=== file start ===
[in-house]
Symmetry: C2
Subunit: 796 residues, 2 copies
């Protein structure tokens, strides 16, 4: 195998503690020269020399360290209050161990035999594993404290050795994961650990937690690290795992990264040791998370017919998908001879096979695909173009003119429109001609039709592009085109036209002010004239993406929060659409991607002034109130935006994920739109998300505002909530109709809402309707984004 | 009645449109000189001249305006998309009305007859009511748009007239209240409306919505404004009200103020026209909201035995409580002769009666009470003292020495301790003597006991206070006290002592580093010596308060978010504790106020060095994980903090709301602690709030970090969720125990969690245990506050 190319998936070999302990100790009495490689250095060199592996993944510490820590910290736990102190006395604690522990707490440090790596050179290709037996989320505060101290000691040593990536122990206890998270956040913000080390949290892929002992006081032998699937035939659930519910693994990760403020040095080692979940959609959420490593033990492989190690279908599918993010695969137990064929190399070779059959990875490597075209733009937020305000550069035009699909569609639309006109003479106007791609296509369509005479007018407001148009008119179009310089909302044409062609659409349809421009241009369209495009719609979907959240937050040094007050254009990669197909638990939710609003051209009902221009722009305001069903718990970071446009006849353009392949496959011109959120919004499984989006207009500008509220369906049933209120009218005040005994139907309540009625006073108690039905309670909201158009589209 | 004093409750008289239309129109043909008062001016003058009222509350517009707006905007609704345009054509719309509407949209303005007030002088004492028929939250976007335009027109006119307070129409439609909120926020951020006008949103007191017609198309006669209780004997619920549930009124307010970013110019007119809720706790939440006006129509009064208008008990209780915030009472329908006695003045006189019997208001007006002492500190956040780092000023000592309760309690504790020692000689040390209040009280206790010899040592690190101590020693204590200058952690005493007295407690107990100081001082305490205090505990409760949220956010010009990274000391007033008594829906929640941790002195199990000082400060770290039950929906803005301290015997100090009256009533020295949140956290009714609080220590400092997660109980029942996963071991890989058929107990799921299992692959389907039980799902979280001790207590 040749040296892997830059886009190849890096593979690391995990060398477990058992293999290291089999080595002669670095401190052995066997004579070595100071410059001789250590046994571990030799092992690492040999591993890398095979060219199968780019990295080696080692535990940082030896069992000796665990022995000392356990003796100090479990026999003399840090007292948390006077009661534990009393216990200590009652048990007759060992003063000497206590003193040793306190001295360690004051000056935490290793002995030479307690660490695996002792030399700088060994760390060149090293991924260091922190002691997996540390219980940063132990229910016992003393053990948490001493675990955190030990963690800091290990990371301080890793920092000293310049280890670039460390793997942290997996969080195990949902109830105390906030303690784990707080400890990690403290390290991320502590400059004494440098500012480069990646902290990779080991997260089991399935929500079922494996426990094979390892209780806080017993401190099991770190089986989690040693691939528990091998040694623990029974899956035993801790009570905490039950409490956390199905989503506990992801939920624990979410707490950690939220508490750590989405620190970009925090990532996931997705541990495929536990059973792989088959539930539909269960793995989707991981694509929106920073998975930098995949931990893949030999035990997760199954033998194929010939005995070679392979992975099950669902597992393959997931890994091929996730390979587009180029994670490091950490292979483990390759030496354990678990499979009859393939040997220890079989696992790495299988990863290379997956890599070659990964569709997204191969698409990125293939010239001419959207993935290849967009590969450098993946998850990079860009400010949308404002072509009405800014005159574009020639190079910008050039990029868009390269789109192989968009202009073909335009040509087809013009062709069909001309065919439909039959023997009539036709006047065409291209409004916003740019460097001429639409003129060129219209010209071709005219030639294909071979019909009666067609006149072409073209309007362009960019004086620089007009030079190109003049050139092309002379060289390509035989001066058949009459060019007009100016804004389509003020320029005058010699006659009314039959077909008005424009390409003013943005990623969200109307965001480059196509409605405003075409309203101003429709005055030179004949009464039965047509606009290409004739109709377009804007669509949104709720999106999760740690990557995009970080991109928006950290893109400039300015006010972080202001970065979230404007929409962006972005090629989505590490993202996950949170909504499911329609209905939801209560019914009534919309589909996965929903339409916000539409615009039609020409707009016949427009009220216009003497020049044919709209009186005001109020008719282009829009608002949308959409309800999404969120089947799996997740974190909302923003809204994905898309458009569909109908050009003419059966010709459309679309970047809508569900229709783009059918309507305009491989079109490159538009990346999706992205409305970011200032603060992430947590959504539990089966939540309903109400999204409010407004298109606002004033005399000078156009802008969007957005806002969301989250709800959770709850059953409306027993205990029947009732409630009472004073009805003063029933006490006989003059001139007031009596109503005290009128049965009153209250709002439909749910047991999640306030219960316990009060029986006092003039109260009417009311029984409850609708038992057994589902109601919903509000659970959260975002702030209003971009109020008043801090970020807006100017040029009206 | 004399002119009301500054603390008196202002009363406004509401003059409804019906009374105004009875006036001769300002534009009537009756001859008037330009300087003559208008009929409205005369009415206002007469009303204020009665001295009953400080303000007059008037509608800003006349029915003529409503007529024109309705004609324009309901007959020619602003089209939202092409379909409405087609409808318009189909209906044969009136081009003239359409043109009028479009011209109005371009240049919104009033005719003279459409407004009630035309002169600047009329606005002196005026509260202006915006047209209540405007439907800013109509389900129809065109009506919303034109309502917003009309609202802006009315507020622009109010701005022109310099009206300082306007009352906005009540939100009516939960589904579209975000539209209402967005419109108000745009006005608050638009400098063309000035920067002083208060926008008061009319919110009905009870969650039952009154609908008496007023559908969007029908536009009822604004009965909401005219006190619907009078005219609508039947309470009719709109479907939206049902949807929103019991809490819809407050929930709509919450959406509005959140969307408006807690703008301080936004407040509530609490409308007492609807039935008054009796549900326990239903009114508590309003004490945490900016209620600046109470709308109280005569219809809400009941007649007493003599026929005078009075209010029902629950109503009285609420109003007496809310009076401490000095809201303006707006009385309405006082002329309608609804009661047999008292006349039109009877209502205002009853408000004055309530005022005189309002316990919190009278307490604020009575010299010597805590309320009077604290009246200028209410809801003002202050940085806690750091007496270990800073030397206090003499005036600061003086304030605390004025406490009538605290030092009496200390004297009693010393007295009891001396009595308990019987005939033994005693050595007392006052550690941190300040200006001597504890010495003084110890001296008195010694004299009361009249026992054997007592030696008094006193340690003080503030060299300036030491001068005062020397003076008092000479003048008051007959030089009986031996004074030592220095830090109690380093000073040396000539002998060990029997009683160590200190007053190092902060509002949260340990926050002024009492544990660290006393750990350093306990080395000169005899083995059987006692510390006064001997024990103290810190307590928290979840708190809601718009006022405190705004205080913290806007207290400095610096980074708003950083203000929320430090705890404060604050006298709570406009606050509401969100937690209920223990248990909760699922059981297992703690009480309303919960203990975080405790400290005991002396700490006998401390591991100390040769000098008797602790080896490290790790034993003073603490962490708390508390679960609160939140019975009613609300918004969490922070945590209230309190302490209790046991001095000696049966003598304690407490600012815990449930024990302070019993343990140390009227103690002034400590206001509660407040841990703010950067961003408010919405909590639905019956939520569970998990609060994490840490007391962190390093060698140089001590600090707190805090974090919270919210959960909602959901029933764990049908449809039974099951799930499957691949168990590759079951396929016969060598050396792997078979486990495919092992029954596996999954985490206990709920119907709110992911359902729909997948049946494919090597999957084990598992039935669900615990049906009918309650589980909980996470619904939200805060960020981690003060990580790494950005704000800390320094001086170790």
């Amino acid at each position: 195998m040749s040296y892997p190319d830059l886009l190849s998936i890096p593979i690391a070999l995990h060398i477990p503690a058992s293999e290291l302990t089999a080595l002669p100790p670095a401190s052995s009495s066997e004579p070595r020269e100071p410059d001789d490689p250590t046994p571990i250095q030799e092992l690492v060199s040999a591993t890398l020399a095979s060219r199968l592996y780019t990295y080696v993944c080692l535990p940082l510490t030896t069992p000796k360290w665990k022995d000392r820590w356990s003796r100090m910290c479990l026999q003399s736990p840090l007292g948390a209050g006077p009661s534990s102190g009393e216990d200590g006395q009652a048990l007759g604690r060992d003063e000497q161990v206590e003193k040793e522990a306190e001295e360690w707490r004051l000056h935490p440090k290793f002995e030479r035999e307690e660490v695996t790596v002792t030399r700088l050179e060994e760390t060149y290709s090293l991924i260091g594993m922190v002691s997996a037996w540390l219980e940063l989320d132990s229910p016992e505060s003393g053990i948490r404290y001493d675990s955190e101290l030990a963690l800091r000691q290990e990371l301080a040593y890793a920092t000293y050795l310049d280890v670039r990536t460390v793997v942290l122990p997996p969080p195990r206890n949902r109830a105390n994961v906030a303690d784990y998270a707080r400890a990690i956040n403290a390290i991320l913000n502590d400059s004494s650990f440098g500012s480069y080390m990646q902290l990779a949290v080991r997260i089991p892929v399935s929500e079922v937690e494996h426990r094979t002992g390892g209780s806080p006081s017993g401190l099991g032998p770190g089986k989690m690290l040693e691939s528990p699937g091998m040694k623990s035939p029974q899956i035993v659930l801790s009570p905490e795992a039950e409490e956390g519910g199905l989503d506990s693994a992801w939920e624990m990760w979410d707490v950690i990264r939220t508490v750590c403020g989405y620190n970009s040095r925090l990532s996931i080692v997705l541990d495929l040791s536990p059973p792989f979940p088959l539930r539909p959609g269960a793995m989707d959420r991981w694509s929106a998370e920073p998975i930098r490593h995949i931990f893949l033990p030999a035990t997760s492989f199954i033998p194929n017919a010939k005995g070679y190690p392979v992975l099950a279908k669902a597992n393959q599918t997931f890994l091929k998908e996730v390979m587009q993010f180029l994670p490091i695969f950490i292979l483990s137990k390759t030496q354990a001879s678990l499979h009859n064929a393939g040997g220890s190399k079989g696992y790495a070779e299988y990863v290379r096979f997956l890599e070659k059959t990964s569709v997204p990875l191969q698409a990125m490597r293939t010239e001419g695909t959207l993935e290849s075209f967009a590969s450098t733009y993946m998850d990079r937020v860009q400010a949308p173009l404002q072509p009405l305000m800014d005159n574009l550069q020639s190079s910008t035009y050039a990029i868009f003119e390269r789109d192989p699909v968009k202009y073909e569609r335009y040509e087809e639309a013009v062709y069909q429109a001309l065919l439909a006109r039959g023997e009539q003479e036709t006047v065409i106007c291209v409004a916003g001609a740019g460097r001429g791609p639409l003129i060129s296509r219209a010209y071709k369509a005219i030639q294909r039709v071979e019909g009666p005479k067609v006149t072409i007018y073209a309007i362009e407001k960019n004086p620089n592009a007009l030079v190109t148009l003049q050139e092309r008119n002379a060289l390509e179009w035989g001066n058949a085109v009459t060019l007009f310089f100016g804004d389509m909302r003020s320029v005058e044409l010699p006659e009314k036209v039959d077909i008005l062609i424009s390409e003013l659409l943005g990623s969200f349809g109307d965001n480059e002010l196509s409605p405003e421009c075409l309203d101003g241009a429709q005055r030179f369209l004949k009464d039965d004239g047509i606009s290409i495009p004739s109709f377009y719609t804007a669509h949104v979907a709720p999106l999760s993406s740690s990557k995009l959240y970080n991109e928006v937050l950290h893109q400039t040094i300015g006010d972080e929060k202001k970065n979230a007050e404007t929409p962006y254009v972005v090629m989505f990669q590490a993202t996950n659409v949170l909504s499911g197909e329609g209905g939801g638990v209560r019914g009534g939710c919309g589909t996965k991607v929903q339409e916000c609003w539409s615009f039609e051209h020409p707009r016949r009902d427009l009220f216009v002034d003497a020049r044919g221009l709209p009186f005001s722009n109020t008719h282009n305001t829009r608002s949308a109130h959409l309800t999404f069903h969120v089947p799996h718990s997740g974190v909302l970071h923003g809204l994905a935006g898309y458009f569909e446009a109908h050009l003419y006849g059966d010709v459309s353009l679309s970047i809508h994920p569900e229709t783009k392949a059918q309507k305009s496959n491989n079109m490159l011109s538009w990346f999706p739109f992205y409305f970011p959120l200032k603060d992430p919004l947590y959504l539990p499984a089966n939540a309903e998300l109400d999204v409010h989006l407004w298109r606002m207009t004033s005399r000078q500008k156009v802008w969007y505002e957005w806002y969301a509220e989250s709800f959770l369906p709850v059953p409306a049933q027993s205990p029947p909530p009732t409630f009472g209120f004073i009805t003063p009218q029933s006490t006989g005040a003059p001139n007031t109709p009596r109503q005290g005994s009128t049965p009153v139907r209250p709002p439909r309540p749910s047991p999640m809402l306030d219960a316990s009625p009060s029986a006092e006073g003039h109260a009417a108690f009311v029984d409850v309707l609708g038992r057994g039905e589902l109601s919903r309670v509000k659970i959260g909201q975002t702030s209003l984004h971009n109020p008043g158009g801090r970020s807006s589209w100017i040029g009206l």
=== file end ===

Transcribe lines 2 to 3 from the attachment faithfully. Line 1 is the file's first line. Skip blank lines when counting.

Symmetry: C2
Subunit: 796 residues, 2 copies